“So yer big witchy spell comes down to me coverin’ up me good eye so I can’t see the illusion?”
“The best magic is often the subtlest,” Lilliana said. “I’m not going to be able to overpower the spells being thrown at us, but if we keep it simple enough it won’t matter.”
“I have an eyelid, ya know.”
“Patch. Now,” Lilliana said.
With visible reluctance, Regan pushed her thumb into the center of the pentagonal patch under her right eyebrow. It popped off, revealing a fat pellet, like a flattened ping pong ball.
“Regan, you said you didn’t have any weapons,” Lilliana said, accusingly.
“What weapon? If this little thing went off, it’d barely take the top off me skull,” Regan said. She handed over the patch and moved the small explosive to a belt pouch.
Lilliana took the patch and studied it intently for a few moments, then muttered an incantation over it, turning it over in her fingers. The black plastic glowed a bright red, which shifted to a purple and then faded to a soft blue. She held it back out to Regan, who looked at it like she thought it was going to bite her. When Lilliana thrust it towards her, she took it and then… slowly, haltingly… lifted it towards her face. She squeezed her left eye shut as her fingers came near it with the glowing patch.
“Eye open,” Lilliana said. “Or else you won’t be able to see.”
“I’d just like to go on record as statin’ that it’s really, really uncomfortable-like, stickin’ somethin’ near the only eye I’ve left to me name,” Regan said. “Specially somethin’ glowin’ all ominously.”
“It’s not ominous,” Lilliana said. “It’s a simple spell. I adjusted the patch to only block the illusion, letting reality show through… but it won’t last long, so you need to stick it in place and then find the boundary of this effect fast.”
“I just stick it over me eye an’ look around, then?” Regan said doubtfully.
“Yes,” Lilliana said.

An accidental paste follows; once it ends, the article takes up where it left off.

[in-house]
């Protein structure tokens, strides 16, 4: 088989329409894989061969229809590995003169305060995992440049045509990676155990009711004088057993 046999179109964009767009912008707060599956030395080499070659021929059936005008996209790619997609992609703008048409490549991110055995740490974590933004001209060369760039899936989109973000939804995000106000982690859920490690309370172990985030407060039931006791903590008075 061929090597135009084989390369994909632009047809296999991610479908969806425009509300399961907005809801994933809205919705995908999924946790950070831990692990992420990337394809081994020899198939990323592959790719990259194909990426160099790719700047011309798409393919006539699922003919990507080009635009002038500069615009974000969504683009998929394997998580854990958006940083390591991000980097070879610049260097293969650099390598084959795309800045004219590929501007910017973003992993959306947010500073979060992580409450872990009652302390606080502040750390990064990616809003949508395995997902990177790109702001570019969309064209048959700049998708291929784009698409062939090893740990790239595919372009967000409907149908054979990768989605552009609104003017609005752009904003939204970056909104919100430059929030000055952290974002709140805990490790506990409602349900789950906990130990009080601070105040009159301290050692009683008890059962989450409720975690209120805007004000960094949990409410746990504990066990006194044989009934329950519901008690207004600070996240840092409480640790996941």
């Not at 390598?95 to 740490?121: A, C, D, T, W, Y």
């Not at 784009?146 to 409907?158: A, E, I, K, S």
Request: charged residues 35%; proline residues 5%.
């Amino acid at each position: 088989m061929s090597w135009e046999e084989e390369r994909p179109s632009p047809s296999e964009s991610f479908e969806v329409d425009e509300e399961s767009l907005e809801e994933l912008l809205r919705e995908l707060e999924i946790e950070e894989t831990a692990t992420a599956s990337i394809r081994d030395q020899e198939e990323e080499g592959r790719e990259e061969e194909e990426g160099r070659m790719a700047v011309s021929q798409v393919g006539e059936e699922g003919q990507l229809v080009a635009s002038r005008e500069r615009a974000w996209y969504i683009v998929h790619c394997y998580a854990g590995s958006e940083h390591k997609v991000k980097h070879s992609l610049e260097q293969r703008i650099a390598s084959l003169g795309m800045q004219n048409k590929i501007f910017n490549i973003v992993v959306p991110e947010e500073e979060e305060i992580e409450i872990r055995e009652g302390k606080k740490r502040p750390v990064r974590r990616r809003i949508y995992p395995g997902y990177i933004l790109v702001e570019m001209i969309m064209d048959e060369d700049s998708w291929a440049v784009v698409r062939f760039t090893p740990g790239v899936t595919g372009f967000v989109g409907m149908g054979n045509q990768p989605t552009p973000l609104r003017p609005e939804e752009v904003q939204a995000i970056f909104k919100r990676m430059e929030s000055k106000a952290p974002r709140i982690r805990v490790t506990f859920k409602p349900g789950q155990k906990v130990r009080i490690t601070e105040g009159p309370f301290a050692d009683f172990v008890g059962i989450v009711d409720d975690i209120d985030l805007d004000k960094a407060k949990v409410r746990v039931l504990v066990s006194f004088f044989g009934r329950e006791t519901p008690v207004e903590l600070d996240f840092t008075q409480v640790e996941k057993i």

“Just like this?” Regan asked, holding it up in front of her eye.
“Yes, that would be good,” Lilliana said.
“An’ then I look around, all normal-like?”
“Oh, quit stalling!” Lilliana said. “To hear your stories, you encounter more hazardous situations every time you go to the bathroom.”
“If ya don’t believe that, ya’ve clearly never gone into the head after me,” Regan said.
“Fine, fine, have it yer own way, then,” Regan said, and heaving a great sigh, she forced her eye open wide and slapped the patch over it before she could think better of it. “I don’t think it worked, The Gypsy.”
“Your hand’s still over it,” Lilliana said.
“Oh. So it is,” Regan said, and she lowered her hand. Through the dim blue tinged light, she could see the familiar iconic faux street of The Meadows… and row after row of armored soldiers with weapons pointed at them. “Ah, The Gypsy?”
“Look for the exit,” Lilliana said, grabbing hold of Regan’s cape. “And run. I’ll close my eyes and keep up.”
“It’s a good plan, it is, only there are somethin’ like forty or fifty tiny problems with it,” Regan said.
“Stop messing around… without a proper ritual, the spell’s not going to be very stable,” Lilliana said. “It could wear off any second.”
“Ah, an’ there it goes,” Regan said as the blue glow faded away, covering the image of the foot soldiers in darkness.
“Bard!” Lilliana said.
“Probably better,” Regan said. She dipped her fingers into her open pouch. “Probably wouldn’t like doin’ this if I could see what I was facin’,” she said. “Best be holdin’ onto that cape,” she added, and lobbed her tiny explosive forward.
58: The Family Man 60: Shared Hallucination » »